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Recently, Scrum.org announced the integration of Kanban practices into Scrum and that “Observe Orient Decide Act (OODA) is the mindset of Scrum. This comes on top of the announcement of Scrum team training a few years ago. These are all good things. It’s nice to see the Scrum community catching up to the many non-certifying consultants who’ve been doing these things for 5-10 years.
But, the rest of us have not been sitting still. We’ve moved on to include BDD in initial team training so that new teams can avoid the challenges most teams adopting Scrum commonly run into. More importantly, many of us are looking at what’s next after Agile (not the spirit, but the doing)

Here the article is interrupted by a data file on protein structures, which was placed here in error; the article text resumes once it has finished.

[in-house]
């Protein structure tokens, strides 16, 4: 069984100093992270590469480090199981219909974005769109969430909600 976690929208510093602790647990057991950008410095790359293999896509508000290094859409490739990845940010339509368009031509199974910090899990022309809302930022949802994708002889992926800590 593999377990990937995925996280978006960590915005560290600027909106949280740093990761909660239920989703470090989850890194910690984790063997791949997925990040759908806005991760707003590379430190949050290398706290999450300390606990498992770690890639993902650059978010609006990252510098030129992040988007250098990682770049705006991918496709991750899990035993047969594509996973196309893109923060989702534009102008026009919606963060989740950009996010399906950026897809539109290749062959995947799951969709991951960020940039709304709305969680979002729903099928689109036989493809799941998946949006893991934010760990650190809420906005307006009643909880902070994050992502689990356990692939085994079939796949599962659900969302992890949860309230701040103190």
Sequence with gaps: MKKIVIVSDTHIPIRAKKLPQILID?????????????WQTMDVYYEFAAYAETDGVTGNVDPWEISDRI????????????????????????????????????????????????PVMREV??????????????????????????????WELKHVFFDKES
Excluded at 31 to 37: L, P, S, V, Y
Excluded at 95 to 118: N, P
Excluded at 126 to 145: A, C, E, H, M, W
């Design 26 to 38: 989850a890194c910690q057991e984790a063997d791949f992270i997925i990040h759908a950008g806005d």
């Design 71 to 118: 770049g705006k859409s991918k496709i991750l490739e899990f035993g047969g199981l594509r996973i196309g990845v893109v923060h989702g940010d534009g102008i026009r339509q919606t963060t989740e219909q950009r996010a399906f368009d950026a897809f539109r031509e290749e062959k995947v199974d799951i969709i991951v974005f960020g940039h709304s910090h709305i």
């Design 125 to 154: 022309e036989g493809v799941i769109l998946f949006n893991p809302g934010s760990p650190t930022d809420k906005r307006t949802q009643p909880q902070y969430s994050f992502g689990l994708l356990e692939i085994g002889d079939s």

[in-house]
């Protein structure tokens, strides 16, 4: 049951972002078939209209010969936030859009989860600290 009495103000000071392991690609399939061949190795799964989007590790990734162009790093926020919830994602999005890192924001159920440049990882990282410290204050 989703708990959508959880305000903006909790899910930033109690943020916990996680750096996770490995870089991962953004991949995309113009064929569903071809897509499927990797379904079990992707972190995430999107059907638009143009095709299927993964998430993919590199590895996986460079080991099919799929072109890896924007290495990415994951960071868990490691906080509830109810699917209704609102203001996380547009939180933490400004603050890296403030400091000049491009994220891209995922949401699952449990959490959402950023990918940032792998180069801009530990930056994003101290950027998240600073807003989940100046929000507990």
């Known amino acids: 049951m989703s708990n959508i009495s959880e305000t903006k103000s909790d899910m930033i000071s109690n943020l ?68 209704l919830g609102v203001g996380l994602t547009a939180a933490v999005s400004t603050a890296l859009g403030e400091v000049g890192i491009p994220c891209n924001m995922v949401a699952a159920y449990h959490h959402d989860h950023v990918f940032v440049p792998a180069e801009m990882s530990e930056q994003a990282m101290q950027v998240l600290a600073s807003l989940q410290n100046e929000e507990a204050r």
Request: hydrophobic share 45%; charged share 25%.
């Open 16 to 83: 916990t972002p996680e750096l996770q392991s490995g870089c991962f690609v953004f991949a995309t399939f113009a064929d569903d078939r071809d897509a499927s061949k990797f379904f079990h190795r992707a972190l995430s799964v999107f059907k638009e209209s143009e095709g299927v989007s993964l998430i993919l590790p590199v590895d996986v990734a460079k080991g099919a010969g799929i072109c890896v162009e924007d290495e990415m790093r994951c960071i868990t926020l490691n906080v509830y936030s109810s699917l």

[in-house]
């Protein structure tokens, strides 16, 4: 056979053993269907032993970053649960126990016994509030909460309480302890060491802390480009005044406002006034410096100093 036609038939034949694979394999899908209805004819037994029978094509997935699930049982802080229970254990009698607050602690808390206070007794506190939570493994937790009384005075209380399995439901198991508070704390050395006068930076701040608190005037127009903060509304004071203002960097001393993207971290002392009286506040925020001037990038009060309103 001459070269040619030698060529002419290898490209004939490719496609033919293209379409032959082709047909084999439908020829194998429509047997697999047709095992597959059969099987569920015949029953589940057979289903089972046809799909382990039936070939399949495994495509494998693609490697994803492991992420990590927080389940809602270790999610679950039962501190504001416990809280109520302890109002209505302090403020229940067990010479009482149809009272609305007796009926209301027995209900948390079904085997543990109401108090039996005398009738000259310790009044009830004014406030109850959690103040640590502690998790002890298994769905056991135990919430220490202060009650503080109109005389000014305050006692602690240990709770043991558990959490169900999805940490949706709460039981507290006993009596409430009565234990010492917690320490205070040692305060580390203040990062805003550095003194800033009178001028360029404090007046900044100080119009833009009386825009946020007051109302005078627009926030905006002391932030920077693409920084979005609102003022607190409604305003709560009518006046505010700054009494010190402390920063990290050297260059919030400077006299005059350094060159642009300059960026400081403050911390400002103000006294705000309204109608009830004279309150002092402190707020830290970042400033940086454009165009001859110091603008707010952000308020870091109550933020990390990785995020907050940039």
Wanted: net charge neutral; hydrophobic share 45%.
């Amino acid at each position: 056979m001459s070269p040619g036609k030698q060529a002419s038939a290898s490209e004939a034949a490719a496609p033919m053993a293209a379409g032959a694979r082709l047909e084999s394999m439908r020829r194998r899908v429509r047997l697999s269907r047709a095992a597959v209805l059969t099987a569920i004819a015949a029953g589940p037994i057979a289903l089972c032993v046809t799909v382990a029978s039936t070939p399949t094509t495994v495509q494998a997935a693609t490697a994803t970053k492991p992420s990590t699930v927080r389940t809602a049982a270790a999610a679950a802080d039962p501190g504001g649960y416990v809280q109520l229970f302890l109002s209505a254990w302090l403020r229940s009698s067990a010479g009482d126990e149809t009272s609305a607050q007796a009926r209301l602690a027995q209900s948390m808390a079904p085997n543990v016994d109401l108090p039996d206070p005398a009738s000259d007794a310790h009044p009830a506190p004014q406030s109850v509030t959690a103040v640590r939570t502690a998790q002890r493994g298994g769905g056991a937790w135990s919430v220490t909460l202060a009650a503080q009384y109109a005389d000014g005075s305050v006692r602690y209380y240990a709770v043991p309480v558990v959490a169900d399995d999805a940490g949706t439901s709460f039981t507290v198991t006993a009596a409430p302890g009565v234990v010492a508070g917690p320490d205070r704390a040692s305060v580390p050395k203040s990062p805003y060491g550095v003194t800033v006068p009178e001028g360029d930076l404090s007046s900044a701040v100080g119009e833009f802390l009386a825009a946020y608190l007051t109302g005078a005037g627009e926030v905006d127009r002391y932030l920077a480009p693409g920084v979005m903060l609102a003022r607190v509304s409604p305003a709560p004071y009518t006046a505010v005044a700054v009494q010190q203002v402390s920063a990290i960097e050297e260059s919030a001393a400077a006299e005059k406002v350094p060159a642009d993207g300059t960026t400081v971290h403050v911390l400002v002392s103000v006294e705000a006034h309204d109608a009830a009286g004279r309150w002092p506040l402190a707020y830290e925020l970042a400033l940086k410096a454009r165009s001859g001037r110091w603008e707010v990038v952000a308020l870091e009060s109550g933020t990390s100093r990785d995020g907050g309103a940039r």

In any event, while putting Kanban practices into Scrum is good, it still lacks critical aspects of Lean. It is not the same as adopting Scrum within a Lean mindset
For many, Scrum still remains a team framework providing few insights for teams to work within larger organizations where the team does not have end-to-end responsibility for the products/services they are building.
Of course, Scrum has crossed the chasm, so it’s extremely popular. But if you consider yourself an innovator or early adopter, I suggest you investigate more modern methods.